Kalaher: A specific example of that, one of our top-selling products in Illinois, one of our highest-yielding products in Illinois, is not the best rated product for tar spot. It doesn’t have like and 8 or 9 rating for tar spot. It’s more like a 7 or a 6. We would recommend a product like that and spray it with a fungicide to protect it against tar spot or once tar spot shows up, spray it.

Now, if you’re a farmer that will never consider to spray a fungicide and you have the risk of tar spot, then, yes, maybe that tar spot rating does become more important for you operation and your criteria for hybrid selection.

Do I ever consider a sequential fungicide application? Would it ever pay to do one at VT and R3?

Kalaher: There’s been a lot of talk about that now we’re going to have to spray corn twice because of tar spot. We don’t necessarily want to plan for a double application of a fungicide. We would rather scout then spray. Not everybody scouts their fields, but we don’t think every field is going to need a sequential application of a fungicide for foliar diseases.

This year, in both of our areas for the most part, I don’t think we’re going to see any positive return on investment from spraying a dual pass of fungicide.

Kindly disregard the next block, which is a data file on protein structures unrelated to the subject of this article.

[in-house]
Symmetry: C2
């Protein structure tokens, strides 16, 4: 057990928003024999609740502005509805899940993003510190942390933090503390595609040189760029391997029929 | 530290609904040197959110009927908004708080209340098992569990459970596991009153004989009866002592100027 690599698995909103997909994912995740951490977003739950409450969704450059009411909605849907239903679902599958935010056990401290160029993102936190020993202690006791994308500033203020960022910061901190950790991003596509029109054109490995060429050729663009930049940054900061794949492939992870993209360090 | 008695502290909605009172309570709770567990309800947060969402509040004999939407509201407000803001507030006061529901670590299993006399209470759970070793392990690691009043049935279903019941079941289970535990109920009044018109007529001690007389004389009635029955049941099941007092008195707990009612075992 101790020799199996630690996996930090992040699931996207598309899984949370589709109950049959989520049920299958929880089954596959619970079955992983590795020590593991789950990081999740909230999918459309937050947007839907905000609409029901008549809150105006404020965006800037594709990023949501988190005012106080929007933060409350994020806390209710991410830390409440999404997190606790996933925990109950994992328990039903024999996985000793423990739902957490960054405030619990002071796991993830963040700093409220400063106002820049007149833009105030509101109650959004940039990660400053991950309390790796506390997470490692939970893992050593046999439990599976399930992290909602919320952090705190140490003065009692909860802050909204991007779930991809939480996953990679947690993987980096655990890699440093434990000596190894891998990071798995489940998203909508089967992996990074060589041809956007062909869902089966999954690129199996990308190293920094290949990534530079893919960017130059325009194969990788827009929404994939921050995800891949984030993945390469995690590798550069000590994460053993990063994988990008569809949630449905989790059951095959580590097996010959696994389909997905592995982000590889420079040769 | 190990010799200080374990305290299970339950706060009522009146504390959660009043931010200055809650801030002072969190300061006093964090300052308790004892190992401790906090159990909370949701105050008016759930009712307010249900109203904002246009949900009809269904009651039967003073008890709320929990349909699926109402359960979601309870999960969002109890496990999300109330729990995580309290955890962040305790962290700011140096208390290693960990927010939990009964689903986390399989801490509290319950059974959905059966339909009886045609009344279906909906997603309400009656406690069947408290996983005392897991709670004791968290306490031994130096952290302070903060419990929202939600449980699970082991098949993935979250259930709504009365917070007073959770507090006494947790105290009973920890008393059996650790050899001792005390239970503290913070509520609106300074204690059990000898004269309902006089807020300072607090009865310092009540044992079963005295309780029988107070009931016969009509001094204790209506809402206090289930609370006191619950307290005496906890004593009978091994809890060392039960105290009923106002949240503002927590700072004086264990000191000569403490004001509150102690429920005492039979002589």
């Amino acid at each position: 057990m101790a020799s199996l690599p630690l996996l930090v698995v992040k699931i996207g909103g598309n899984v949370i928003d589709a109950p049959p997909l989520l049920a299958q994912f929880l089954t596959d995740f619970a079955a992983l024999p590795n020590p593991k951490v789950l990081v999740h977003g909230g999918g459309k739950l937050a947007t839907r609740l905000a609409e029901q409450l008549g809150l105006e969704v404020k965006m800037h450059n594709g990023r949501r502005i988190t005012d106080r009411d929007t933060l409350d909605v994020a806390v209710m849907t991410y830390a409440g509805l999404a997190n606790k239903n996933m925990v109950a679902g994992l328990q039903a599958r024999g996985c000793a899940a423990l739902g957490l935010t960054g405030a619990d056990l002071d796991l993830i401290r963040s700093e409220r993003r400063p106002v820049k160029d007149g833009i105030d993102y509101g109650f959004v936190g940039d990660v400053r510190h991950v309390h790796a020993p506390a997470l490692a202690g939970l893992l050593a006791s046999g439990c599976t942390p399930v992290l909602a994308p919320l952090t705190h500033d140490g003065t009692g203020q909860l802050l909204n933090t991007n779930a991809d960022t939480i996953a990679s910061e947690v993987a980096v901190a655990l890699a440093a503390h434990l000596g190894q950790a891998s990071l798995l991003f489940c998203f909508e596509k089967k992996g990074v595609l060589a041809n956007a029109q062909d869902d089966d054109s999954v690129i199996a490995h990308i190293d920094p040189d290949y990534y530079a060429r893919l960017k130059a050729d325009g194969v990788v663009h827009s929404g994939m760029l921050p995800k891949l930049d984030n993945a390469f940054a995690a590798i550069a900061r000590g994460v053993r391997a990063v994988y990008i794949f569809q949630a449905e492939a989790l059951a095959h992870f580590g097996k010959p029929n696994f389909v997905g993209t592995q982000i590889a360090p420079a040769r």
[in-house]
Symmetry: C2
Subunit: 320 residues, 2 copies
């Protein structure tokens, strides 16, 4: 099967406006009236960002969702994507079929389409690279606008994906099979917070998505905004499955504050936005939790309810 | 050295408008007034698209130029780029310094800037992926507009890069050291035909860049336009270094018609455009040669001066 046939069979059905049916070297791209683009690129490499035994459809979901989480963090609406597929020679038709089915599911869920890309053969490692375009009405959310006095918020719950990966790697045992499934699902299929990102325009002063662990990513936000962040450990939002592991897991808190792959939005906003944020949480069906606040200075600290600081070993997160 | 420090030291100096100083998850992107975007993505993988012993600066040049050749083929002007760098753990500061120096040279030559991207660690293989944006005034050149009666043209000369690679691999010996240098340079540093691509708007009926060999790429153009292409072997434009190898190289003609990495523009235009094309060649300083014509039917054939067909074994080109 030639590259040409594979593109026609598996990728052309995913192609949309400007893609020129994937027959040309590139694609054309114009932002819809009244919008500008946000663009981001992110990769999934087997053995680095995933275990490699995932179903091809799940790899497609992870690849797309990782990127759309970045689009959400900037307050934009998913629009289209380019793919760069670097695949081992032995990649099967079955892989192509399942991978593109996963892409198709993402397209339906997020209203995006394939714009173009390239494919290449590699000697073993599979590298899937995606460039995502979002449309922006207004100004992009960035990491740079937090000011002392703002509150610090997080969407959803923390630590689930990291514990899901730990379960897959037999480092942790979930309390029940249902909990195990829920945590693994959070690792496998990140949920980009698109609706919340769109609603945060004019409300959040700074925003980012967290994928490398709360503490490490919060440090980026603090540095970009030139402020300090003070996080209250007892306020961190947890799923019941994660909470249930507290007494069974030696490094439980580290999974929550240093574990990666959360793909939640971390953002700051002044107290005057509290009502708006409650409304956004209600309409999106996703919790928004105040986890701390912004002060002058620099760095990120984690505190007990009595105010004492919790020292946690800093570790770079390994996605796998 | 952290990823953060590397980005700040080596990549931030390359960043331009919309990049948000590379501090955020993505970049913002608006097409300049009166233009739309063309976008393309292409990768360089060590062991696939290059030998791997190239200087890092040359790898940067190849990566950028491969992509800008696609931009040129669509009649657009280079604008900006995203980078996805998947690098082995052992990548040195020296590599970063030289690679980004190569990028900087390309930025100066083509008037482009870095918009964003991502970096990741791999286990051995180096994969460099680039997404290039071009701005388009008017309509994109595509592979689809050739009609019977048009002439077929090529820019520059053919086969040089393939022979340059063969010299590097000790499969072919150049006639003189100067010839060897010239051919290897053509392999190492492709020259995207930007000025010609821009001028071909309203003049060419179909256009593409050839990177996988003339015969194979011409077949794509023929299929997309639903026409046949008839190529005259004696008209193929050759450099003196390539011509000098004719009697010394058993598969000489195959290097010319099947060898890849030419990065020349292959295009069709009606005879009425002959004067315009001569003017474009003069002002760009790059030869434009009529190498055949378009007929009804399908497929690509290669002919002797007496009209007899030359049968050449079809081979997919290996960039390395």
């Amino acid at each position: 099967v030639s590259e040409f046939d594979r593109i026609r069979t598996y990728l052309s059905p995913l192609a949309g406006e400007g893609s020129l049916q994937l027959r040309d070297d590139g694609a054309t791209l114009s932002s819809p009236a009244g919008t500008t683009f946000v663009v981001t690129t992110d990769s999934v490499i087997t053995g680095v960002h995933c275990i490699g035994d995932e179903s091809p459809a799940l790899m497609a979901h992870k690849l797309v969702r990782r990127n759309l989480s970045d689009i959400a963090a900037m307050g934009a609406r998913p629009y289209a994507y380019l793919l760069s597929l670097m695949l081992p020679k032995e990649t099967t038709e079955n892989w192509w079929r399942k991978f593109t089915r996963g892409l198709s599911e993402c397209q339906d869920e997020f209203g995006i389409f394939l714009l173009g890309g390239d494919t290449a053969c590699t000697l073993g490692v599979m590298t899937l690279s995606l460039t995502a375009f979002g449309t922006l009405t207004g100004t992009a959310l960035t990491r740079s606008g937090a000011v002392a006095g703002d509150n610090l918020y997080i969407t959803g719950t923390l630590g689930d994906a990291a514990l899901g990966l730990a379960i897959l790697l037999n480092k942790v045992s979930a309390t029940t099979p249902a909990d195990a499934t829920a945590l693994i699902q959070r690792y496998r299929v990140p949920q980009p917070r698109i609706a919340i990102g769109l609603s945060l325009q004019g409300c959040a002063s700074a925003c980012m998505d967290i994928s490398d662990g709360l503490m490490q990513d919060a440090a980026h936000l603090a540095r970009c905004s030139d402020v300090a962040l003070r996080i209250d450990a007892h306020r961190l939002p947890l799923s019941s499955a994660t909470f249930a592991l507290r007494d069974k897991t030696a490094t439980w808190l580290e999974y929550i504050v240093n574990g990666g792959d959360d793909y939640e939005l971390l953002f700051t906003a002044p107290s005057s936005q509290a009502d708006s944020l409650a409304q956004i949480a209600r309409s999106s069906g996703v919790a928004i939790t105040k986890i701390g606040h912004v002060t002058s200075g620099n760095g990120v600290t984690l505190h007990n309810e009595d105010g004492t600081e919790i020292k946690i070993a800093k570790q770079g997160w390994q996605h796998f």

Skinner: I agree wholeheartedly of what Chad said. There were instances in 2020 where we did see some sequential applications have a big increase in yield. We had really good corn then and we had a high level of disease.

We had gray leaf spot, we had southern rust, we had tar spot, we had the whole cocktail of diseases where (the second application) paid off. The opportunity for it to pay off is there.

I don’t think it’s something that will consistently pay off. I’d rather do what Chad said. If you’re clean at tassel, R1, give it a little time. See what develops there, and it you’re going to make that application, do it at R3, early R4 timeframe, and then protect the rest of your grain fill.

Schwartz: In the south in 2020 where there was delayed planted corn and southern rust we saw some positive responses to a sequential application because we’re talking 50 to 60 days grain fill and these products have 20 days of protection. So, we saw some time where a sequential applications did pay when we had heavy southern rust in a susceptible hybrid.

Tom Doran

Tom C. Doran

Field Editor